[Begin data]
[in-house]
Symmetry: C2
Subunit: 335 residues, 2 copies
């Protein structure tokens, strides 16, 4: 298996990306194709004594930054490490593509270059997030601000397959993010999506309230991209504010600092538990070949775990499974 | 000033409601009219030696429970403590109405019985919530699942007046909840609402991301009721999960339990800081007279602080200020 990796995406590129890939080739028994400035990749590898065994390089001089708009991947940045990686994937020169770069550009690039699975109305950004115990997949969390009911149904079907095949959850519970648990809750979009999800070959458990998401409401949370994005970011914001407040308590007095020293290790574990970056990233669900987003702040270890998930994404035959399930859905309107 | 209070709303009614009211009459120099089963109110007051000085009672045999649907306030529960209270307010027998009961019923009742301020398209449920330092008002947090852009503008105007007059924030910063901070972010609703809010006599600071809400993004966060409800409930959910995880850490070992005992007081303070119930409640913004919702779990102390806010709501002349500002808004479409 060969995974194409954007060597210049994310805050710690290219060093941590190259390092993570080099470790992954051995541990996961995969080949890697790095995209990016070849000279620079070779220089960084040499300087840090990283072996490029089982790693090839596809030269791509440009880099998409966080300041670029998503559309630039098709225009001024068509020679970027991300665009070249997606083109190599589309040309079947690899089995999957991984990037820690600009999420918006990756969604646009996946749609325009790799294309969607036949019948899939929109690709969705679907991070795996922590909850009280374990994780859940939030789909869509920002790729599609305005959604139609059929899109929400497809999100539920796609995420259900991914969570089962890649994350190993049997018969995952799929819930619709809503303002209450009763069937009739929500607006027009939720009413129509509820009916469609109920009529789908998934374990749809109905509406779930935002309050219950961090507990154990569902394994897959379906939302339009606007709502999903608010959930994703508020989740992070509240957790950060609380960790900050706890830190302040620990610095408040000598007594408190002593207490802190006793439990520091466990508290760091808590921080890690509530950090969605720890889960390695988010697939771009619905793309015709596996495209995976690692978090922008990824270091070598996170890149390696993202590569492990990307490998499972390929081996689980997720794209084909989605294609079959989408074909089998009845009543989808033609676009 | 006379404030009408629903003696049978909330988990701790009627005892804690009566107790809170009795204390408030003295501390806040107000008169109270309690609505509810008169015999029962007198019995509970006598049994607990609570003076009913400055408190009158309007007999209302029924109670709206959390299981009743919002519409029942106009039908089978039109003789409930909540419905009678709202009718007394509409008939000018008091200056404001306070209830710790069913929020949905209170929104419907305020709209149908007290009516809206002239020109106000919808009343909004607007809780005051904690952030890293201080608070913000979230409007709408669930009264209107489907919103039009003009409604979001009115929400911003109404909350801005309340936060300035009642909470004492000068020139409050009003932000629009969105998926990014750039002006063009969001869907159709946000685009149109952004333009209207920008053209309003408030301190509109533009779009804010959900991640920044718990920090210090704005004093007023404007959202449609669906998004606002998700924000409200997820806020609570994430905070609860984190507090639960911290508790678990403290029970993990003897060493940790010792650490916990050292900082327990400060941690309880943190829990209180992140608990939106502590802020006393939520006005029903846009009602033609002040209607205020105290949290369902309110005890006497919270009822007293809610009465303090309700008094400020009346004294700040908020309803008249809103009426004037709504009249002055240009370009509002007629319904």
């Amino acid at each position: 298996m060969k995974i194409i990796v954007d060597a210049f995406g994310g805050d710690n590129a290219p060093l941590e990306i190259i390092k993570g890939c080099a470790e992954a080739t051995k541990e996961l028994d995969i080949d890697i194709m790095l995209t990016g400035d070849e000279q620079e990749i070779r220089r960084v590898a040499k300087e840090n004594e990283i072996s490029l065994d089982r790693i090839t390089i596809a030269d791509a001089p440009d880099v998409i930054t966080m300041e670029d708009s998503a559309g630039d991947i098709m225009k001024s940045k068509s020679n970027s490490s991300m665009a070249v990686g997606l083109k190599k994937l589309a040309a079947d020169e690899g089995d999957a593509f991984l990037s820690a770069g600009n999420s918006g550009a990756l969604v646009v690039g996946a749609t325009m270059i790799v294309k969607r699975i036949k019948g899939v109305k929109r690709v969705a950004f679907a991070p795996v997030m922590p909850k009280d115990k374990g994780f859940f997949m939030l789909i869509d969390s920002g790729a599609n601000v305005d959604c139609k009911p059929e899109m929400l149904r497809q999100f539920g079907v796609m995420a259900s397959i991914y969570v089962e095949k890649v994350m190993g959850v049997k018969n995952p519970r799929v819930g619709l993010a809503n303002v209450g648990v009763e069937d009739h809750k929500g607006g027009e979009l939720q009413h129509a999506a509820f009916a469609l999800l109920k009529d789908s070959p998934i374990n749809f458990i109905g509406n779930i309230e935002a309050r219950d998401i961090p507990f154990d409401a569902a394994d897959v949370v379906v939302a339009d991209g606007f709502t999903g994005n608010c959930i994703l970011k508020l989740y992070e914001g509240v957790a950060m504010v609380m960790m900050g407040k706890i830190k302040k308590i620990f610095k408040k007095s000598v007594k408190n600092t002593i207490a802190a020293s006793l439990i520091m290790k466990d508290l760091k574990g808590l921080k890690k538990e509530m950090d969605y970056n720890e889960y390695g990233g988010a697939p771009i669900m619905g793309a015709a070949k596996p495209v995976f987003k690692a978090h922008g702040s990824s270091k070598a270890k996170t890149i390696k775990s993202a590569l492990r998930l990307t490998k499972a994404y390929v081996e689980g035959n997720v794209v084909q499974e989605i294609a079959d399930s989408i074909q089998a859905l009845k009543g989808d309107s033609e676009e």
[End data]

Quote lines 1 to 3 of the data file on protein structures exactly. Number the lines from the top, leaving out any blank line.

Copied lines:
[in-house]
Symmetry: C2
Subunit: 335 residues, 2 copies